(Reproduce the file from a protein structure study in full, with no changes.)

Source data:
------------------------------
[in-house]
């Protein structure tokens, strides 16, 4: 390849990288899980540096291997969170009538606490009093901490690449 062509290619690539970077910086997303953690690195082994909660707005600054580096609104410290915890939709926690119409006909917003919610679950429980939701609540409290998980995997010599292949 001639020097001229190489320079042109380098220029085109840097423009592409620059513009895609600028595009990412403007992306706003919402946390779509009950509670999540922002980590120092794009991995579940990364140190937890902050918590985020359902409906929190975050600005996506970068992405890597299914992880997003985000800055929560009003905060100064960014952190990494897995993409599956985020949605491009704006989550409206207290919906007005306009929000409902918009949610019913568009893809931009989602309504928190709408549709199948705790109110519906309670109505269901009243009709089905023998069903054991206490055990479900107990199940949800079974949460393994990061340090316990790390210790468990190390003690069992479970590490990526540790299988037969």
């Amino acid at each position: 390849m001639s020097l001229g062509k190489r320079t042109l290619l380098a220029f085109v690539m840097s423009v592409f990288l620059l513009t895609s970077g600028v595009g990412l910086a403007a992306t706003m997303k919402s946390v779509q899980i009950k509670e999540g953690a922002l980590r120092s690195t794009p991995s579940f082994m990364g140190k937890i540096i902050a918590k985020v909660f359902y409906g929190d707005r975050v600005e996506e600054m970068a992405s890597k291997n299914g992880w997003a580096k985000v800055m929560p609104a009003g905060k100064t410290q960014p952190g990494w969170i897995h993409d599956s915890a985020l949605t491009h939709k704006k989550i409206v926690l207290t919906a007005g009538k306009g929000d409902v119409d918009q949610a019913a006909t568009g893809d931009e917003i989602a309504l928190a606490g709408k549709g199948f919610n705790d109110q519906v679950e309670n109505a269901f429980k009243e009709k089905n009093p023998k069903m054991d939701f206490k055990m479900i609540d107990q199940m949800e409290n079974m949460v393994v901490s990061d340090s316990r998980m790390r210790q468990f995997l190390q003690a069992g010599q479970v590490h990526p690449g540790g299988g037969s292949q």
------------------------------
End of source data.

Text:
[in-house]
């Protein structure tokens, strides 16, 4: 390849990288899980540096291997969170009538606490009093901490690449 062509290619690539970077910086997303953690690195082994909660707005600054580096609104410290915890939709926690119409006909917003919610679950429980939701609540409290998980995997010599292949 001639020097001229190489320079042109380098220029085109840097423009592409620059513009895609600028595009990412403007992306706003919402946390779509009950509670999540922002980590120092794009991995579940990364140190937890902050918590985020359902409906929190975050600005996506970068992405890597299914992880997003985000800055929560009003905060100064960014952190990494897995993409599956985020949605491009704006989550409206207290919906007005306009929000409902918009949610019913568009893809931009989602309504928190709408549709199948705790109110519906309670109505269901009243009709089905023998069903054991206490055990479900107990199940949800079974949460393994990061340090316990790390210790468990190390003690069992479970590490990526540790299988037969």
């Amino acid at each position: 390849m001639s020097l001229g062509k190489r320079t042109l290619l380098a220029f085109v690539m840097s423009v592409f990288l620059l513009t895609s970077g600028v595009g990412l910086a403007a992306t706003m997303k919402s946390v779509q899980i009950k509670e999540g953690a922002l980590r120092s690195t794009p991995s579940f082994m990364g140190k937890i540096i902050a918590k985020v909660f359902y409906g929190d707005r975050v600005e996506e600054m970068a992405s890597k291997n299914g992880w997003a580096k985000v800055m929560p609104a009003g905060k100064t410290q960014p952190g990494w969170i897995h993409d599956s915890a985020l949605t491009h939709k704006k989550i409206v926690l207290t919906a007005g009538k306009g929000d409902v119409d918009q949610a019913a006909t568009g893809d931009e917003i989602a309504l928190a606490g709408k549709g199948f919610n705790d109110q519906v679950e309670n109505a269901f429980k009243e009709k089905n009093p023998k069903m054991d939701f206490k055990m479900i609540d107990q199940m949800e409290n079974m949460v393994v901490s990061d340090s316990r998980m790390r210790q468990f995997l190390q003690a069992g010599q479970v590490h990526p690449g540790g299988g037969s292949q």